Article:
I was struck reading this article in the Guardian yesterday by developments around a fraudulent bomb detector used by the Iraqi government, called the ADE 651 (along with the ADE 101 and ADE 650). I first read about the ADE 651 in 2009, in an article in the The New York Times which described how Iraqi officials swore by a device that “United States military and technical experts say is useless”. It’s inventor, British businessman James McCormick, built the devices around novelty golf-ball finders, selling them for up to $40,000 each, the Guardian reports. He has now been charged with three counts of fraud.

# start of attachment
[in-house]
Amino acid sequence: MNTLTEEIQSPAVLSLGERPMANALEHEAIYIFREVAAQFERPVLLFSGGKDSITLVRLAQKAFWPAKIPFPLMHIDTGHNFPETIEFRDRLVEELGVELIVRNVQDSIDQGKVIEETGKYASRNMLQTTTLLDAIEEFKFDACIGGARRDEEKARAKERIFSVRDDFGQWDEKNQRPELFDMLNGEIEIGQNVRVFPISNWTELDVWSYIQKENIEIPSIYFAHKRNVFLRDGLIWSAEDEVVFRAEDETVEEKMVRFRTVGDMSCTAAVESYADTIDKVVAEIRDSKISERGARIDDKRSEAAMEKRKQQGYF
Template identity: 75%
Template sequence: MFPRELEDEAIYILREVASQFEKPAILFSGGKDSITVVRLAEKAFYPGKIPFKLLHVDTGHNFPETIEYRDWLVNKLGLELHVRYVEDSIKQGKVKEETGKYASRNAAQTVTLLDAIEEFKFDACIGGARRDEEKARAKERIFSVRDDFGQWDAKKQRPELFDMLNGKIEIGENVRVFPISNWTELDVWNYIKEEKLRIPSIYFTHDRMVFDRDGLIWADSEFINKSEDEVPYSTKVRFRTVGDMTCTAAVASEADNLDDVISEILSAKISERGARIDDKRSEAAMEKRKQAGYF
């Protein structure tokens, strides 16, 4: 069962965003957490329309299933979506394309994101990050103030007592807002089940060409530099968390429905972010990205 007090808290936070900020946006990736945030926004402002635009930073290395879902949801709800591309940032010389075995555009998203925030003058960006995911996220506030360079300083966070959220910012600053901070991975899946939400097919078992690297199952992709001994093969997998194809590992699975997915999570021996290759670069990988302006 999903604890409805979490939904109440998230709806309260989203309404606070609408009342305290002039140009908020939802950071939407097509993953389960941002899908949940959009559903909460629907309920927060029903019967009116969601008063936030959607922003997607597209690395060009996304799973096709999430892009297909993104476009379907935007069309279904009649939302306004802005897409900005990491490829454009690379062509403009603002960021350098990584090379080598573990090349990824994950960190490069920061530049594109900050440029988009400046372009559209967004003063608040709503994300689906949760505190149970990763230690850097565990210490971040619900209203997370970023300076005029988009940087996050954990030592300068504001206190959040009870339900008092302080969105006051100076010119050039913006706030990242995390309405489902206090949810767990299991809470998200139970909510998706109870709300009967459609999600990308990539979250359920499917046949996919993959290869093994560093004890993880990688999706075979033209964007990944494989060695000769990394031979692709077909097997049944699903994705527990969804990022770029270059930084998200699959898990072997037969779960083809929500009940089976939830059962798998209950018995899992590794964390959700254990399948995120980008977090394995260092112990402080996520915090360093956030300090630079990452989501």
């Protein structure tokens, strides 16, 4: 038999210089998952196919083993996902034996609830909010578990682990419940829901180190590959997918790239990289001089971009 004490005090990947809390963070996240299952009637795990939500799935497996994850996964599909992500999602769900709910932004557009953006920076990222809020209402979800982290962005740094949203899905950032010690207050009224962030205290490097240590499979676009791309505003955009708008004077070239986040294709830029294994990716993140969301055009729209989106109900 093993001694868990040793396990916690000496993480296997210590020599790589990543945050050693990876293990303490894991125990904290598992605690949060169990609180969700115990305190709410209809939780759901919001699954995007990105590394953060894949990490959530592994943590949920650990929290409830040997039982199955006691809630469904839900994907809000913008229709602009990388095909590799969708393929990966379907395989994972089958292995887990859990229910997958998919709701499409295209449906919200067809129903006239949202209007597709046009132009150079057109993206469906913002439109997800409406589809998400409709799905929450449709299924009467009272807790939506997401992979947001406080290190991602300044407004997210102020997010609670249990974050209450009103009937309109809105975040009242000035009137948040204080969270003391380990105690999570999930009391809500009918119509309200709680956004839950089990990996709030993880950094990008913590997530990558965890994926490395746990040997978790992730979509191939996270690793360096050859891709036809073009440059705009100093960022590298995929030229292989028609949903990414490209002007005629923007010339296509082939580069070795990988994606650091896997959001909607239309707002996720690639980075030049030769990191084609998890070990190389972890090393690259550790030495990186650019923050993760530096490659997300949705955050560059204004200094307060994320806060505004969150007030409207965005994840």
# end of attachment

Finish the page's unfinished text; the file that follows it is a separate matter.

Ben Goldacre, Guardian writer and author of the book ‘Bad Science’, also blogged about it at the time. He pointed to an amusing anecdote in The New York Times piece:
General Jabiri, meanwhile, challenged an NYT reporter to test the ADE 651, placing a grenade and a machine pistol in plain view in his office. Every time a policeman used it, the wand pointed at the explosives. Every time the reporter used the device, it failed to detect anything. “You need more training,” said the general.
I captured the screenshot below of the website promoting the ADE 651 (www.ade651.com) in 2009, which has since been taken down.